30
Section Molekular Hepatology, II. Medical Clinic, Medical Faculty Mannheim, University of Heidelberg, Theodor-Kutzer-Ufer 1-3, 68167, Mannheim, Germany.
31
Institute of Biology, Leiden University, 2333 CC, Leiden, The Netherlands.
32
Department of Bioinformatics, BiGCaT, NUTRIM, Maastricht University, PO Box 616, 6200 MD, Maastricht, The Netherlands.
33
Open PHACTS Foundation, Cambridge, UK.
34
Inserm UMR-S973, Molécules Thérapeutiques in silico, Paris Diderot University, Paris, France.
35
Novo Nordisk Foundation Center for Protein Research, Faculty of Health and Medical Sciences, University of Copenhagen, Copenhagen, Denmark.
36
Istituto Superiore di Sanità, Viale Regina Elena 299, 00161, Roma, Italy.
37
Douglas Connect GmbH, Bärmeggenweg 14, Zeiningen, 4314, Aargau, Switzerland.
38
Fraunhofer Institute of Toxicology and Experimental Medicine (ITEM) Chemical Risk Assessment Group Manager Structure Activity Relationships/databases, and expert systems Nikolai-Fuchs-Strasse 1, 30625, Hannover, Germany.
39
TNO (Department of Risk Analysis of Products in Development), Zeist, The Netherlands.
40
Leibniz Research Centre for Working Environment and Human Factors, Technical University Dortmund, Dortmund, Germany. hengstler@ifado.de.

Abstract

Adverse outcome pathways (AOPs) are a recent toxicological construct that connects, in a formalized, transparent and quality-controlled way, mechanistic information to apical endpoints for regulatory purposes. AOP links a molecular initiating event (MIE) to the adverse outcome (AO) via key events (KE), in a way specified by key event relationships (KER). Although this approach to formalize mechanistic toxicological information only started in 2010, over 200 AOPs have already been established. At this stage, new requirements arise, such as the need for harmonization and re-assessment, for continuous updating, as well as for alerting about pitfalls, misuses and limits of applicability. In this review, the history of the AOP concept and its most prominent strengths are discussed, including the advantages of a formalized approach, the systematic collection of weight of evidence, the linkage of mechanisms to apical end points, the examination of the plausibility of epidemiological data, the identification of critical knowledge gaps and the design of mechanistic test methods. To prepare the ground for a broadened and appropriate use of AOPs, some widespread misconceptions are explained. Moreover, potential weaknesses and shortcomings of the current AOP rule set are addressed (1) to facilitate the discussion on its further evolution and (2) to better define appropriate vs. less suitable application areas. Exemplary toxicological studies are presented to discuss the linearity assumptions of AOP, the management of event modifiers and compensatory mechanisms, and whether a separation of toxicodynamics from toxicokinetics including metabolism is possible in the framework of pathway plasticity. Suggestions on how to compromise between different needs of AOP stakeholders have been added. A clear definition of open questions and limitations is provided to encourage further progress in the field.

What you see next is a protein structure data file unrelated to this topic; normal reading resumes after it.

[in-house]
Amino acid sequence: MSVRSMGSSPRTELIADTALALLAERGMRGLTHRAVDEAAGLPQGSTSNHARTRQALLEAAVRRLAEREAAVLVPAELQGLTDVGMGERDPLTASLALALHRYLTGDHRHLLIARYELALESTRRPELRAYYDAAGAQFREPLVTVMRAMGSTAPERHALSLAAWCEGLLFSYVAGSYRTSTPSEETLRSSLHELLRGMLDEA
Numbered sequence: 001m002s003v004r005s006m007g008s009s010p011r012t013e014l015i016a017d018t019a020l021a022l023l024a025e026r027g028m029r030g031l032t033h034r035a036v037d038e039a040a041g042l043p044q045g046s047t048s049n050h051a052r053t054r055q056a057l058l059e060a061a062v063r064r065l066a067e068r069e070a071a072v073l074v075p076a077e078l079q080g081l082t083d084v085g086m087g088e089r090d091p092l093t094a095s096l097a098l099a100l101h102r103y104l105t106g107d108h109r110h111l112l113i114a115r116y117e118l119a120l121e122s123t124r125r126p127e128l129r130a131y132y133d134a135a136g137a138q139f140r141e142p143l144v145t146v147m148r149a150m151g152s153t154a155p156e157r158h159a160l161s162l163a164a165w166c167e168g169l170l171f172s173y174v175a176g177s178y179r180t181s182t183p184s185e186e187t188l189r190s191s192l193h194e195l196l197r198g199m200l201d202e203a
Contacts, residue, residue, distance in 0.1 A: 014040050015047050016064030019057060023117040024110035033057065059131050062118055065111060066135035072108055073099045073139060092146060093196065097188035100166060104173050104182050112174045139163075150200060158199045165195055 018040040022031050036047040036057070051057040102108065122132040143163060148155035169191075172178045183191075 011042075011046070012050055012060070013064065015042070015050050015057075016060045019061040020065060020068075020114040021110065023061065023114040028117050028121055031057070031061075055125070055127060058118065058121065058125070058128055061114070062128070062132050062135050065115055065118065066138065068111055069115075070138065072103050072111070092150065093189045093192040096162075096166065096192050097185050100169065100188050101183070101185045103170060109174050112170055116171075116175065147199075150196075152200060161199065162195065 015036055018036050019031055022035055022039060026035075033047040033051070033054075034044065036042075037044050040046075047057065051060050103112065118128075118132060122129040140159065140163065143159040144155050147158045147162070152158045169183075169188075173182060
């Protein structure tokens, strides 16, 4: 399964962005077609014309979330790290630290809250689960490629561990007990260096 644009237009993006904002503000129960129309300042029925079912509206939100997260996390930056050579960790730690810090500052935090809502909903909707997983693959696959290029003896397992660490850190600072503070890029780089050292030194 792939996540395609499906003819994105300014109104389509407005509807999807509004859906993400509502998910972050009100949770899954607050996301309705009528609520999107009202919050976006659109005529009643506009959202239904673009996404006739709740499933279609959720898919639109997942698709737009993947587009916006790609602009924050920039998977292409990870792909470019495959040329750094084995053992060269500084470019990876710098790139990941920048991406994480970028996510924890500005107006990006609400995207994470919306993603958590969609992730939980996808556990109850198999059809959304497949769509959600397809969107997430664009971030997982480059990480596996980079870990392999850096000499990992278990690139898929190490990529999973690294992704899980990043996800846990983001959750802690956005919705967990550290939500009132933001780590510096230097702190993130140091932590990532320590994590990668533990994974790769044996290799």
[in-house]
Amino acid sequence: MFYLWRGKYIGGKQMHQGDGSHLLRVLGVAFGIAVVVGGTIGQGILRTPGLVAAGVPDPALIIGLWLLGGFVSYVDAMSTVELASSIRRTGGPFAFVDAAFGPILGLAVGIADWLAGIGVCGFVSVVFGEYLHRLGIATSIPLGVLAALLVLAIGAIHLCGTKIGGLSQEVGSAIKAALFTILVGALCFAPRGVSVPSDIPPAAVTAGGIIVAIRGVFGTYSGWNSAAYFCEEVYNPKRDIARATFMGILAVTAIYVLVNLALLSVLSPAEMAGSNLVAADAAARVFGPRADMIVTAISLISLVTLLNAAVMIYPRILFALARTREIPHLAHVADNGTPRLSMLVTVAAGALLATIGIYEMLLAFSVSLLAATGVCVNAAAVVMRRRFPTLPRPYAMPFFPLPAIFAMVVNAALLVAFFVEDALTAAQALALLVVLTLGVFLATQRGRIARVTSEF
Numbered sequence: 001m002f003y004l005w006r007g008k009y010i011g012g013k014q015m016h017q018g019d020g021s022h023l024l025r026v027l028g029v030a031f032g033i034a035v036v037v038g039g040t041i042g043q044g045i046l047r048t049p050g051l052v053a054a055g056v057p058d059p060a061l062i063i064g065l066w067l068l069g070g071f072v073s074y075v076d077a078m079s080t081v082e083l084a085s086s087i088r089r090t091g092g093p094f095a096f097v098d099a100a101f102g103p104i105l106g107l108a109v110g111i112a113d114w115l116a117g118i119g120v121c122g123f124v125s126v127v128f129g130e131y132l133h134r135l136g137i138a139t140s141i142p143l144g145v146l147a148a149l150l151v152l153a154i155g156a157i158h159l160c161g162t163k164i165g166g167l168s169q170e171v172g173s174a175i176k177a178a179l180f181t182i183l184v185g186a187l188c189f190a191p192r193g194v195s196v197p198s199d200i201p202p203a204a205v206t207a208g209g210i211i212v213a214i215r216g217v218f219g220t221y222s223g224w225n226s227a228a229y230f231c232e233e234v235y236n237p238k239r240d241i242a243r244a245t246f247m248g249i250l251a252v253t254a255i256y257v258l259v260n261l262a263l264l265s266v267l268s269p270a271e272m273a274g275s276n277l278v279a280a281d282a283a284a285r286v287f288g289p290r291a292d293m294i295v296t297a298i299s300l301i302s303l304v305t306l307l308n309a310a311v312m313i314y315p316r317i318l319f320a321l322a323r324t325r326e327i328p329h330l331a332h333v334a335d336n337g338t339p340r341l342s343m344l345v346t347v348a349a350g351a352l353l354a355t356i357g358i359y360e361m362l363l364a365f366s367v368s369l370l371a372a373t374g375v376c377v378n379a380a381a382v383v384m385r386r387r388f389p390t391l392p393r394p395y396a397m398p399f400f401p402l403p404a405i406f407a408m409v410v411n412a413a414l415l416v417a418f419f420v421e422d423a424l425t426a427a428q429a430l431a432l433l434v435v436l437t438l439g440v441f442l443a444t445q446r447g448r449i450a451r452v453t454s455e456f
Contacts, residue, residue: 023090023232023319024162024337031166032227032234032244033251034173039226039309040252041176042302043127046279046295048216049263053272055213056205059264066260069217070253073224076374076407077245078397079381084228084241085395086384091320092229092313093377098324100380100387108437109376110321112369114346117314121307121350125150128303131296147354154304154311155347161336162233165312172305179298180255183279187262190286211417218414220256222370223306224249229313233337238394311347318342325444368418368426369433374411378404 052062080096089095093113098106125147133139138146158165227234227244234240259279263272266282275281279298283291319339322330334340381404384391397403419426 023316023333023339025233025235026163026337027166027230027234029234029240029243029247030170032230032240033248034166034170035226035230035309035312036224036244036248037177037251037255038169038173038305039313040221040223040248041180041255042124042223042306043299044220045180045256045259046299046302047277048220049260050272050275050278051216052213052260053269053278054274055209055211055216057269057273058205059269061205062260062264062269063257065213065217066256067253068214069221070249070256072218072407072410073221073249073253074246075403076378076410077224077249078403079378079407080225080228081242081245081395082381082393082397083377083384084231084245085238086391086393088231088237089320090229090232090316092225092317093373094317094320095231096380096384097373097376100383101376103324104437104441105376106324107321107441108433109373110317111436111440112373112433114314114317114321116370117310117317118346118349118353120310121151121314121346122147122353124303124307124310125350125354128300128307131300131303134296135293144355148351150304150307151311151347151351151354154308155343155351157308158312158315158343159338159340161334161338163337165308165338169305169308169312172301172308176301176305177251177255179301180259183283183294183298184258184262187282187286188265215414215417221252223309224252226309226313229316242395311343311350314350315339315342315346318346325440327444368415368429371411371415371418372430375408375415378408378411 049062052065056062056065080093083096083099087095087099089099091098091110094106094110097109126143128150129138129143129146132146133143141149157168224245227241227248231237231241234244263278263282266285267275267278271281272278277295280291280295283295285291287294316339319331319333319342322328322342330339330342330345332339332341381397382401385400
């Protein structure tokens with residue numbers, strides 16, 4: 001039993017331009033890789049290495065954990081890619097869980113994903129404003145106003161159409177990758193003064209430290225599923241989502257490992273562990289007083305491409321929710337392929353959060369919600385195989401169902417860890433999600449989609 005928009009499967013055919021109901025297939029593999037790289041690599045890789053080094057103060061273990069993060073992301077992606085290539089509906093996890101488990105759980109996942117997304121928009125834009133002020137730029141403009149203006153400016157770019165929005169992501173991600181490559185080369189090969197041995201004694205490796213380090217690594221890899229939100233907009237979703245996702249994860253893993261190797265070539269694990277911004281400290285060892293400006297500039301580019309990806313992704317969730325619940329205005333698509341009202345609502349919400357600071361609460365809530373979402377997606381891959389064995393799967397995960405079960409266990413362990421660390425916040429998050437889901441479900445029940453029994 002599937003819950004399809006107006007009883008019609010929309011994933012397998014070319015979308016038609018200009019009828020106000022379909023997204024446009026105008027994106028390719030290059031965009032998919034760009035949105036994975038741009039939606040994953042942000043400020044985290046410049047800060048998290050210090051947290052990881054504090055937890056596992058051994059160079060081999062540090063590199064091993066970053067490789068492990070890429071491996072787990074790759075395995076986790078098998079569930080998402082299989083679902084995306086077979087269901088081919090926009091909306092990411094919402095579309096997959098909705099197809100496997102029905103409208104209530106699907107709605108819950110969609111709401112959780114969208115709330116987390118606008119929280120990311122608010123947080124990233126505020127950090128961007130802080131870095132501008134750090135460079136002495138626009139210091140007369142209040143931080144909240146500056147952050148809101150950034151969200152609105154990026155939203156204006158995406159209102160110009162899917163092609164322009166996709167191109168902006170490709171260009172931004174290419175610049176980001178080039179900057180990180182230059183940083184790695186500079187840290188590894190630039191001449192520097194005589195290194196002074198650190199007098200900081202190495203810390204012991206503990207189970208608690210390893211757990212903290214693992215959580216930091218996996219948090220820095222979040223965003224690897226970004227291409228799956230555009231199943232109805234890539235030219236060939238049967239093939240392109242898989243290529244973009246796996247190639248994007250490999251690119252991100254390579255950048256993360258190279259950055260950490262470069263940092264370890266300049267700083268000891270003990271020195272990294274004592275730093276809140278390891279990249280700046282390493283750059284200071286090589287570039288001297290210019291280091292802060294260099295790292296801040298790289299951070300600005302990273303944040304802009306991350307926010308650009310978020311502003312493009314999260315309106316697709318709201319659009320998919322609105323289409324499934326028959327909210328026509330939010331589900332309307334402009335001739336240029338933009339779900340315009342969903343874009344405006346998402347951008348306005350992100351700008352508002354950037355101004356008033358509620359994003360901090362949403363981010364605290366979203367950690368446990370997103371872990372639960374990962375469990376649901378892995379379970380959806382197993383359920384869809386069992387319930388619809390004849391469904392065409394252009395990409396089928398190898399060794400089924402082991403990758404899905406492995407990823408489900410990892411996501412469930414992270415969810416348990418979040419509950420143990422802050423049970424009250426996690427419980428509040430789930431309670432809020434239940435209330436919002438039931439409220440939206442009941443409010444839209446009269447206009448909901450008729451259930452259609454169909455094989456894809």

KEYWORDS:

Binning of events; CCl4; Computational toxicology; Interspecies extrapolation; Liver fibrosis; Metabolism; Multi-scale integration; Multiple hit events; Paracetamol; Pathway unidirectionality; Prioritization of compounds; Proof of non-toxicity; Regulatory toxicology; Systems biology; Tumor promotion; Vinyl acetate

Comment in

PMID:
29051992
DOI:
10.1007/s00204-017-2045-3
[Indexed for MEDLINE]